Disease Model Of Alcoholism Is Alcoholism A Disease?
Alcoholism DiseaseSome support the disease model of alcoholism, others say alcoholism is not a disease. Who is right?
The disease model of alcoholism is as contentious a topic as you can get in addiction studies. It goes to the very heart of what alcoholism is.
Some of the reasons why the disease model of alcoholism are so hotly debated are:
If alcoholism is a disease, then it is a medical condition. This means that insurance companies will pay for its treatment.
The disease status also means that those who suffer from the condition are 'powerless' over their illness. They are stripped of the responsibility to deal with it.
If alcoholism isn't a disease and is a matter of choice then the alcoholic can stop drinking or return to moderate drinking through his or her own actions. He or she is not powerless.
Unsurprisingly, there are two points of view on this issue.
One view is that alcoholism is a disease and it should be treated as such.
The other view, not surprisingly, believes alcoholism is not a disease and should be treated as such.
Alcoholism Disease Alcoholism is a Disease
The NCADD states, 'Alcoholism is a primary chronic disease with
genetic, psychosocial and environmental factors influencing its development and manifestations. The disease is often progressive and fatal. It is characterized by impaired control over drinking, preoccupation with the drug...use of alcohol despite adverse consequences and distortions in thinking, mostly denial. Each of these symptoms may be continuous or episodic.'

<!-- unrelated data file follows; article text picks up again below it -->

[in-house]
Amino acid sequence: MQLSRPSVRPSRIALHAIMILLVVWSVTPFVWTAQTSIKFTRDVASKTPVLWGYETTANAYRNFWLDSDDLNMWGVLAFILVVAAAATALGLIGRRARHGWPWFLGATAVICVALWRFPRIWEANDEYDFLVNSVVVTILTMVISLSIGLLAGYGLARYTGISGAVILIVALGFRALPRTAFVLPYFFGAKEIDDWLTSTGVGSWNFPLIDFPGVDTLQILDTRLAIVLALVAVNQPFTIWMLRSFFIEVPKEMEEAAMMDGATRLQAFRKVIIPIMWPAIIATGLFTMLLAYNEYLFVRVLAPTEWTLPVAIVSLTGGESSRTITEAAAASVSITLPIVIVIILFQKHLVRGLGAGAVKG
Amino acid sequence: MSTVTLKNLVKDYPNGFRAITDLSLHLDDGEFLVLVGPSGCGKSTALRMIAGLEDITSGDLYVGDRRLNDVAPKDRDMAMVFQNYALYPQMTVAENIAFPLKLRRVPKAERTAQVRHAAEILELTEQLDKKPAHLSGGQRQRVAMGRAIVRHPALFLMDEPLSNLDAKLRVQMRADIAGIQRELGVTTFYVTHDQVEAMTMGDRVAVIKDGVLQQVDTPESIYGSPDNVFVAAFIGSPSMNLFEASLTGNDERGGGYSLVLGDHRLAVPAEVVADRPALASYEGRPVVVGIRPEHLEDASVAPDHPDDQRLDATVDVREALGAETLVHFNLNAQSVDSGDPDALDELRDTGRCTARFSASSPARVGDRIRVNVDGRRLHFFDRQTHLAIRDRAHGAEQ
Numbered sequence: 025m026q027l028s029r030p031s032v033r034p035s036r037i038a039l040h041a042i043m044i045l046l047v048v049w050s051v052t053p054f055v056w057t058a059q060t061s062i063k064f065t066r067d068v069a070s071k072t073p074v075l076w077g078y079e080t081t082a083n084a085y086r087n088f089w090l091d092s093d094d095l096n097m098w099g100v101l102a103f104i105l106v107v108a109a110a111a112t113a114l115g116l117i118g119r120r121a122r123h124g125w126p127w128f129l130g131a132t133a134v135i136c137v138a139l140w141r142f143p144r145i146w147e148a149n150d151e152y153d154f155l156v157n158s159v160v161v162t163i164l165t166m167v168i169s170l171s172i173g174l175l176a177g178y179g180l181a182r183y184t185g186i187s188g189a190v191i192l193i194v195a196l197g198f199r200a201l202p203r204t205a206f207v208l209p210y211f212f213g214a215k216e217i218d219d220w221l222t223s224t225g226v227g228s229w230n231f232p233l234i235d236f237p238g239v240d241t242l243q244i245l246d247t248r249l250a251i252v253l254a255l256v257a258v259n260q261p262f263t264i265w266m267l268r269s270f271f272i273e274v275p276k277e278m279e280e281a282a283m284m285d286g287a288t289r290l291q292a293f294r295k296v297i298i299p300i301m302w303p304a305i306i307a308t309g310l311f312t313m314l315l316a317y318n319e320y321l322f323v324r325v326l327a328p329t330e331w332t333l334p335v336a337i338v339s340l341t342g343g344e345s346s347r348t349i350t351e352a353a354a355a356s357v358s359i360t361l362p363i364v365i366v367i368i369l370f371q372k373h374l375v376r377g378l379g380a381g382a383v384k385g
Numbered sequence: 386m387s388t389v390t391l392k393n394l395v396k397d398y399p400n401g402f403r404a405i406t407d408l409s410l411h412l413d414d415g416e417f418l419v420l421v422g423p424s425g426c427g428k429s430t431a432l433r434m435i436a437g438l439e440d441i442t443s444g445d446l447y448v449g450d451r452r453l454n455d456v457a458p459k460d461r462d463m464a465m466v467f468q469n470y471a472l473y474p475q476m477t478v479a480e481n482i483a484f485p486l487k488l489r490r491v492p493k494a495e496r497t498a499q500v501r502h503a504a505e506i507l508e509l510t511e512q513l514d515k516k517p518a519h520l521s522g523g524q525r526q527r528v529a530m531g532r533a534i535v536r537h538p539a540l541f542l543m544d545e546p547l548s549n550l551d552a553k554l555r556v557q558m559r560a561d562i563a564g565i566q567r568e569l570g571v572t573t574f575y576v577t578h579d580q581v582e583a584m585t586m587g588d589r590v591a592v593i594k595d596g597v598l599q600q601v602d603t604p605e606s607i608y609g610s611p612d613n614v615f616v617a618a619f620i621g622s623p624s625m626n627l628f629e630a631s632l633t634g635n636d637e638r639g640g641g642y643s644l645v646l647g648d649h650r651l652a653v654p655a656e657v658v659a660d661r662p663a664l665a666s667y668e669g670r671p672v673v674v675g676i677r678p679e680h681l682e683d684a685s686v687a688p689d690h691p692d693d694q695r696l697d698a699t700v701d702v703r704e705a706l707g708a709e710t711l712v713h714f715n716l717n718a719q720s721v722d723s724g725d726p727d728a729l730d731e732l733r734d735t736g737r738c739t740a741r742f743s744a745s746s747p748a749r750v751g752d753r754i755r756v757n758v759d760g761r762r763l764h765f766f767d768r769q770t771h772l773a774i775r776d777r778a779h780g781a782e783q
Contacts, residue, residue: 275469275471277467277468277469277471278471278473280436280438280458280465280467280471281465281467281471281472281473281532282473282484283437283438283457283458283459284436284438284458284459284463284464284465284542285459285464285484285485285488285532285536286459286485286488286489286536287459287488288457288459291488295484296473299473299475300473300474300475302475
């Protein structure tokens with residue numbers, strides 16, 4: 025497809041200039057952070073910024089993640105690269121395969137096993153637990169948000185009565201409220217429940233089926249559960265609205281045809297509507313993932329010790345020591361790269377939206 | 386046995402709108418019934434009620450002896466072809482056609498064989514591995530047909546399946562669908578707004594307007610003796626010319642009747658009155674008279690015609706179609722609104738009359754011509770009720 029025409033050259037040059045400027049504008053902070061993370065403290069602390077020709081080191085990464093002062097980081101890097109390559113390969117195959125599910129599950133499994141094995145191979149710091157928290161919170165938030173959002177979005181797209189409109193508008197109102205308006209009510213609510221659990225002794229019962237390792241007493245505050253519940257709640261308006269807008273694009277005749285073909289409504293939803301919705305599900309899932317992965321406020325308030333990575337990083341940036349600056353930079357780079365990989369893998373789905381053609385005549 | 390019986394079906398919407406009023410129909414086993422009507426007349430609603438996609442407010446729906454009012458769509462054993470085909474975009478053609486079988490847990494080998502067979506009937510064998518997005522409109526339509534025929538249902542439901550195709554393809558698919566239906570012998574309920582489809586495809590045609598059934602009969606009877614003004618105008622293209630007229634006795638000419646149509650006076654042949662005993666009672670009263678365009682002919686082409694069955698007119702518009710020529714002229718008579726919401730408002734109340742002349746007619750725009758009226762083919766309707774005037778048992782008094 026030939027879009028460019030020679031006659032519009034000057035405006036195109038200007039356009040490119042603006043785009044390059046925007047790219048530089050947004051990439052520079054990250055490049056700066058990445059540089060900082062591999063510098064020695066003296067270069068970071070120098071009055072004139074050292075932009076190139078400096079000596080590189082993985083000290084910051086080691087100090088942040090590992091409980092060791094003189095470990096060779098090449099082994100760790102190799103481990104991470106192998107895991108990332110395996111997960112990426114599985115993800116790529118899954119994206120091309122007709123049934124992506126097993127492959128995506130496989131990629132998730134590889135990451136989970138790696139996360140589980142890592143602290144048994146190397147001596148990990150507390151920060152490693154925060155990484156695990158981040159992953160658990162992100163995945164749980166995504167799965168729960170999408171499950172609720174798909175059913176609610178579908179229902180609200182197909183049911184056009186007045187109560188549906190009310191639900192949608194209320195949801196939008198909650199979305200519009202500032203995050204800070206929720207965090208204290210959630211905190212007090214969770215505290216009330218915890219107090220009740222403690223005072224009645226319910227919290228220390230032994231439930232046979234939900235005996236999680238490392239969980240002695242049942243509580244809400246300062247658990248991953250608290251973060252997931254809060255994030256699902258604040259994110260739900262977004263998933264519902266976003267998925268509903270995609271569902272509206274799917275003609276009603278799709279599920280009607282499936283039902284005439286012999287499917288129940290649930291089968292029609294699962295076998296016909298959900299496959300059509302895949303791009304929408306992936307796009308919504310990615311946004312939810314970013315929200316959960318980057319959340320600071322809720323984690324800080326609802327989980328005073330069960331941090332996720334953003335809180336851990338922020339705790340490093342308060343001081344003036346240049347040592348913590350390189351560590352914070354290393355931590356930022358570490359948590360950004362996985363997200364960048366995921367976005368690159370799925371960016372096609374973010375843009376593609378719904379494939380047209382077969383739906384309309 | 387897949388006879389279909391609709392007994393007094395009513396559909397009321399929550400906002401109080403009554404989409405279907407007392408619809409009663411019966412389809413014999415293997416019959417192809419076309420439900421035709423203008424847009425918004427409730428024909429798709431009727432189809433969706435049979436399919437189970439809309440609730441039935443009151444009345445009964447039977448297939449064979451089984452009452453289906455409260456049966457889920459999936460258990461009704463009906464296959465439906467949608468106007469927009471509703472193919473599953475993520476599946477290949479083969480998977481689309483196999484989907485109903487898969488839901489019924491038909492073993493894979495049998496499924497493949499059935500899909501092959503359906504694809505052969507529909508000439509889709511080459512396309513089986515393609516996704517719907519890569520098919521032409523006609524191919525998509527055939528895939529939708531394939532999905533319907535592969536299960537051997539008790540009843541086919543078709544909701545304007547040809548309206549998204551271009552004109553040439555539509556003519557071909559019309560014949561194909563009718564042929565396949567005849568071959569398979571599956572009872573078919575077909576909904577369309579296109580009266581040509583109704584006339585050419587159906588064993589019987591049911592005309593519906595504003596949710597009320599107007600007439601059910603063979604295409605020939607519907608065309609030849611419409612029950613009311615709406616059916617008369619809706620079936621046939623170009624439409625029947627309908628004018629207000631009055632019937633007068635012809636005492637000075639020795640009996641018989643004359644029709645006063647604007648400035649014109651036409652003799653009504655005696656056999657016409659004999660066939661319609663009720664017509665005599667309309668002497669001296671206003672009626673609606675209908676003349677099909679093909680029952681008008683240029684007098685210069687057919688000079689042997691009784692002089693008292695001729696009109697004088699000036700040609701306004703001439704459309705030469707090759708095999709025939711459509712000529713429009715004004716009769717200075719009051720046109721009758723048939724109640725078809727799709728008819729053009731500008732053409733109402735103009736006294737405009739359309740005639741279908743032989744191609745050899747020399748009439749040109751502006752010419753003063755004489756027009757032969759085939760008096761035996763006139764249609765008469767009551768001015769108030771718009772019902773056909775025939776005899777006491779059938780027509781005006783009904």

What the NCADD, that is the National Council on Alcoholism and Drug Dependence, is saying here is that, yes, alcoholism is a disease.
This view of alcoholism as a disease is also held by 90% of the American public (according to a Gallup poll).
It is also advocated by many professional organizations such as the AMA (American Medical Association), WHO (the World Health Organization), APA (American Psychiatric Association) and countless others.
Those who hold this idea believe that the alcoholism disease is....
...a primary, chronic and sometimes fatal disease.
...progressive. This means that alcoholism starts relatively innocently much like moderate drinking e.g. a few drinks at the weekend. Then it gradually worsens and progresses until the sufferer is a full-blown alcoholic. The disease hypothesis states there are three alcoholism stages.
...a 'mental obsession that causes a physical compulsion to drink.' Many drink addicts talk of having 'a monkey on their back'. This monkey is constantly at them, urging them to pick up the next drink from the moment they wake up to the moment they sleep. The only way to get the monkey to shut up is to have that drink and then another and then...you know the story. It is an intense craving that never leaves the sufferer.
...a disease of the brain. Drinking alters its functioning. It is known as alcoholic brain.
...a biopsychosocial disease.
...no different from other chronic diseases like diabetes. It has be managed throughout the life of the sufferer.
...50-60% of the time caused by genetic factors and 40-50% of the time by environmental ones.
...with the sufferer from birth. Alcoholics Anonymous which brought the alcoholism disease concept to the attention of the public state that alcoholics are a special group of people. They cannot control their drinking. They have an alcohol allergy.